Longtime readers of this column will be familiar with my warning to avoid product price wars unless you are the lowest-cost provider. Otherwise, your competitors with better buying power than you hold the stronger hand, and will eventually win the war, potentially putting you out of business. With Amazon’s millions of square feet of fulfillment centers, most-favorable shipping rates with UPS, FedEx, the U.S. Postal Service, and its own delivery truck fleet, the company is easily the lowest-cost provider for home delivery —at least for non-perishables. Perishable fresh foods are another matter we’ll address in a minute.
Any brick-and-mortar food retailer who thinks it can compete with Amazon on home delivery, including through a third-party delivery service like Instacart, is playing the weaker hand because of higher costs. Just as with product discount wars, going head-to-head with Amazon on delivery is a war you won’t win.
Should You Have a “Web Cart”?
With Amazon likely buying Whole Foods Market, industry vendors of e-commerce software, website development, customer loyalty programs, data analytics, and dozens of other “tech” solutions are using this event to strike fear in the hearts of brick-and-mortar natural products retailers. YOU NEED E-COMMERCE! YOU NEED ARTIFICIAL INTELLIGENCE to analyze customer purchase data! YOU NEED A SMARTPHONE APP!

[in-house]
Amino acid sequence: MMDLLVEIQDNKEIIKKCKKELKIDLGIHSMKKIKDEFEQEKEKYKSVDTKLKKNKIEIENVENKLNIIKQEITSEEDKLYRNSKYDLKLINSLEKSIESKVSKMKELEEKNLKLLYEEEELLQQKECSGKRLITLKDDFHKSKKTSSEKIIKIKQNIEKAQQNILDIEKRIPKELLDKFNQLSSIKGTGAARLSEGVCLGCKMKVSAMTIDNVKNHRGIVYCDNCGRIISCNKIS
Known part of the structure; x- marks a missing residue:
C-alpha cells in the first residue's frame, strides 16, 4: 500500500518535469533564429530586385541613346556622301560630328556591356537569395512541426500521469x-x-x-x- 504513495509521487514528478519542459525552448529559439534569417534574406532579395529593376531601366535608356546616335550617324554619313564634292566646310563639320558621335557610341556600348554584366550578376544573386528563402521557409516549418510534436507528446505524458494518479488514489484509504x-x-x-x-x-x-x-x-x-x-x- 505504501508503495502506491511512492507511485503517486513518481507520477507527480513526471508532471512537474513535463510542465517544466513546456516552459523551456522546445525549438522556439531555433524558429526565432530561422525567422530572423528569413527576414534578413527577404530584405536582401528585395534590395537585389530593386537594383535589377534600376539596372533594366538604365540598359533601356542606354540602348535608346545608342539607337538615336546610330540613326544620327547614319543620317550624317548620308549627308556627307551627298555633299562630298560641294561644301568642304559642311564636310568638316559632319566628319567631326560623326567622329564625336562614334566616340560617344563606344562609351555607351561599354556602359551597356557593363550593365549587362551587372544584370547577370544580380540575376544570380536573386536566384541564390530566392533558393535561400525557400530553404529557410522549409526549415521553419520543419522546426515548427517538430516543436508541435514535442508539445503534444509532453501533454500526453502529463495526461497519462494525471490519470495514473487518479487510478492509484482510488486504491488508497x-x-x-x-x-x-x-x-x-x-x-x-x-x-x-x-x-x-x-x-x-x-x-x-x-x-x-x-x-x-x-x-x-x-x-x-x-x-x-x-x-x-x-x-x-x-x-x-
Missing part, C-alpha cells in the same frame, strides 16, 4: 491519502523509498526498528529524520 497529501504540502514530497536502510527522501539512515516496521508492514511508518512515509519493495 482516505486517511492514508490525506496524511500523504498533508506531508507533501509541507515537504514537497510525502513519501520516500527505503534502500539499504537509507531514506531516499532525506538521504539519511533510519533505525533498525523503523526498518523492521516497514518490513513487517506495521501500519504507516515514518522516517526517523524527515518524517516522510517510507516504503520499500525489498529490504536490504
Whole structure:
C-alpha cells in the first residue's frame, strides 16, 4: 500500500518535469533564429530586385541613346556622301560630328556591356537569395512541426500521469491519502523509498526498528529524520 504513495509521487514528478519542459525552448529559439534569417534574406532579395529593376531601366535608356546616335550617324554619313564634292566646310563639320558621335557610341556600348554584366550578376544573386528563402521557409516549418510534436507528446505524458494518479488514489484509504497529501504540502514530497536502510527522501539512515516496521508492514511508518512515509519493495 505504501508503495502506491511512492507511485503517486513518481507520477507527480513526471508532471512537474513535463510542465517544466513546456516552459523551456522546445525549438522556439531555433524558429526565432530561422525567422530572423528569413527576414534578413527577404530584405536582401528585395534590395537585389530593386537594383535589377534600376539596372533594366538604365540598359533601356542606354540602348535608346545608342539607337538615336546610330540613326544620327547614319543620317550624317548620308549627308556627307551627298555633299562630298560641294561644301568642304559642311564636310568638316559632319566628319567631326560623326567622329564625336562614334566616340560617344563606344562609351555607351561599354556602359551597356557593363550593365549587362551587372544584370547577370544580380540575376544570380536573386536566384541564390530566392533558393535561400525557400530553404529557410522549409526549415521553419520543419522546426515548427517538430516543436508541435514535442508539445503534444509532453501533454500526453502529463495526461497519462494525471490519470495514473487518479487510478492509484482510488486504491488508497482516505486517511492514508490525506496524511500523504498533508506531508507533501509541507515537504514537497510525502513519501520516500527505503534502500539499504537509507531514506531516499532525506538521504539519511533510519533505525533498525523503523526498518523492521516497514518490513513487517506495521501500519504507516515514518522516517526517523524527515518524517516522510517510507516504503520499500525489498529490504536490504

All of these “solutions” require a third party inserting itself —often with product manufacturers along for the ride — in between you and your customer. For a fee, of course. For example, if you want to create a web cart, a third party software vendor will hook you up with a wholesale distributor so that you can have a full-blown shopping cart with thousands of product pictures, descriptions, and prices. In order to do this, you’ll need to take a smaller profit on each sale. It’s worth asking how offering the same products on the same e-commerce platforms available to your competitors differentiates your store from the rest of the world.